Social and Cultural Awareness
When writing about groups of people readers won’t
particularly have experience with, a journalist must take in
to consideration the different ethnic/social backgrounds,
the way that they explain the group influences how the
reader feels about them – bias representations of these
groups will have a bad impact on them, what would make it
a good piece of factual writing would be a balanced piece.
The NUJ (National Union of Journalists) has created a range of
ethical guidance sheets for it’s members to use, this makes
sure they adhere to certain guidelines to make sure their
writing will not effect anyone in any way.
The NUJ guidelines are there for journalists to refer to, especially when reporting on serious issues such as: race or religion.
Journalists don’t have to follow them, but they are there as a general guideline when dealing with things that could
offend or seriously effect people – they are also there to keep away court cases, here are some examples:
When reporting on race: Only mention someone’s race if it is strictly relevant. Check to make sure you have it right. Would
you mention race if the person was white? http://ethicaljournalisminitiative.org/en/contents/nuj-guidelines-on-race-reporting
When reporting on immigration and asylum: Don’t use terms such as, ‘bogus’, ‘illegal’ or ‘failed’ asylum seeker. If necessary,
use ‘refused’ asylum seeker instead. A fairer term to use for someone who has outstayed their visa is ‘undocumented’
or ‘irregular’. https://www.nuj.org.uk/news/updated-nuj-race-reporting-guidelines-and-efj-manifesto/
When reporting on age: Provide balance when reporting intergenerational conflict: include views from older people who
support the young, as well as those who complain about them. https://www.nuj.org.uk/news/guidelines-on-bullying-harassment-
When reporting on suicide: Avoid disclosing method of suicide whenever possible, for example never print details of drugs
used or their dosages. http://suicideprevention.ca/wp-content/uploads/2014/08/Scotland_Reporting-Mental-Health_-
They also cover areas on disability, mental illness and sexually transmitted diseases. They also have a hotline journalists can
contact when enquiring about a particular story or problem.
NUJ Code of Conduct
The National Union of Journalists enforces a code of conduct that consists of 12 guidelines a
journalist must adhere to and agree with when they sign up for the NUJ, these rules are clear
instructions that also aid a journalist in their writing, some of these rules are:
- Does her/his utmost to correct harmful inaccuracies.
- Differentiates between fact and opinion.
- Does nothing to intrude into anybody's private life, grief or distress unless justified by
overriding consideration of the public interest.
- Protects the identity of sourced who supply information in confidence and material gathered in
the course of her/his work.
- Produces no material likely to lead to hatred or discrimination, on the ground of a persons age,
gender, race, colour, creed, legal status, disability, marital status or sexual orientation.
- Avoids plagiarism. https://www.nuj.org.uk/about/nuj-code/
The idea behind the conscience clause was to enforce a rule that allows journalists to refuse n
assignment that would ‘contravene their ethical code’ they feel that, ‘no journalists should be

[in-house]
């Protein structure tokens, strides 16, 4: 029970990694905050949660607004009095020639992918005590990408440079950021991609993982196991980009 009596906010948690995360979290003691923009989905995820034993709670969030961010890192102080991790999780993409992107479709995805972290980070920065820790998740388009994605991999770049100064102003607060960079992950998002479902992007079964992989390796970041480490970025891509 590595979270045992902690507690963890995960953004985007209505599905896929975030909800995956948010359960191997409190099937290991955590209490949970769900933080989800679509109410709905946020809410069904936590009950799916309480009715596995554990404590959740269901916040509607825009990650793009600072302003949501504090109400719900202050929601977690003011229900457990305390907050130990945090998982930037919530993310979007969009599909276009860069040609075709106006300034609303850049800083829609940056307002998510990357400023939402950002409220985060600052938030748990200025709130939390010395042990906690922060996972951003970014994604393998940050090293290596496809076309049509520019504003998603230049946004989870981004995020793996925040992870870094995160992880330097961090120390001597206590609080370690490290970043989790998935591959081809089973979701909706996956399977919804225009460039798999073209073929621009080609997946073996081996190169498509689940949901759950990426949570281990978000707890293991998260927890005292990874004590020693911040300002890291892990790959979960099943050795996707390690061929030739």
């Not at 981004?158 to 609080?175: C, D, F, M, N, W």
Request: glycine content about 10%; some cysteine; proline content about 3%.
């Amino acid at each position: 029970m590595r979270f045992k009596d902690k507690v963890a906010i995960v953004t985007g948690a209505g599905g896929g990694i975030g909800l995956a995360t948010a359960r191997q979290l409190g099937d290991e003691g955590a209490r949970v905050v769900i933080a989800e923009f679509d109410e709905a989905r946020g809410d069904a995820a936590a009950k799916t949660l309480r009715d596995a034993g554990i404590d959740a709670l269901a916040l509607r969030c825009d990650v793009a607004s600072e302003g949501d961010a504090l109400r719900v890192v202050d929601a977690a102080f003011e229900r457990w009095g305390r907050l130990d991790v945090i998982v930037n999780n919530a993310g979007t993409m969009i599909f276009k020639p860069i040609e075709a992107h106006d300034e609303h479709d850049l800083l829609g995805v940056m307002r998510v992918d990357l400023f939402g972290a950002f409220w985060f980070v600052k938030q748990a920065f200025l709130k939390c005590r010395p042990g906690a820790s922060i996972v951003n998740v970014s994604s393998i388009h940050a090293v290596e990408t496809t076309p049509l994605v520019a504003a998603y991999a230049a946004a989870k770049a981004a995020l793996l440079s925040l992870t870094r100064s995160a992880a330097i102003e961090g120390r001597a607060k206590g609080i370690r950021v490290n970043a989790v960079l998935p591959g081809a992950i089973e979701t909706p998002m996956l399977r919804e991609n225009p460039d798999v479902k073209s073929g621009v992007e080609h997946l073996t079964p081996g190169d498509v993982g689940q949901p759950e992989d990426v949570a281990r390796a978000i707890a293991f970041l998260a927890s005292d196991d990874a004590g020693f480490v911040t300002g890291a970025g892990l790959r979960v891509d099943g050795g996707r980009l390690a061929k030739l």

disciplined or suffer detriment to their careers for asserting their right to act ethically.’ The
conscience clause would protect them against being disciplined or facing any implications
with their career for refusing an assignment they see as unethical.
Connotation is an associated or secondary explanation of either a word or expression in
comparison to it’s primary meaning.
For example, if you were to call someone a dog, it wouldn’t mean you’re literally calling them a
dog, it’s alternative meaning is generally ‘ugly.’
When talking about disability, the NUJ would rather a journalist refers to say, someone in a
wheelchair as a wheelchair user rather than ‘wheelchair bound’ or make any kind of
reference to them being ‘confined’.
Or when writing about deaf people, don’t call them, ‘the deaf’ refer to them as, ‘hard of
hearing’ or ‘deaf.’
When talking about age, be careful that you refer to them as, say ‘elderly’ rather than
‘pensioner’, ‘OAP’ or ‘grandma/grandpa’ as it can cause offence or marginalise people.
If the objective was to write a story on the elderly, you wouldn’t call them ‘grandma’ or,
‘grandpa’ as it’s quite a personal statement – only call them that when absolutely necessary,
for example: been given permission to use those terms. The same goes for younger people,
you wouldn’t categorize them as thugs or bums as that’s disrespectful to the age group,
refer to them as: ‘youngsters’ or ‘youths.’
Although writing is generally aimed at a specific audience, it’s a good idea to
take in to consideration the fact that people from other groups could end
up reading it. Because of this, it’s essential to make sure that all points are
equally balanced and take other ages and subcultures in to account, for
A report on age and the differences between old and young should be fairly
balanced and have an argument and an explanation for both – it should be
fairly balanced and there should be no inclination of bias reasoning’s or
examples, everything should be fairly assessed and evaluated.
If it’s not fair, with arguments for both and bias on the writers account, it could
cause problems for the writer and the audience reading it, as they could
become offended and angry – sparking arguments within the media,
especially between these two groups.
It’s imperative that all of the facts, data and information is correct and well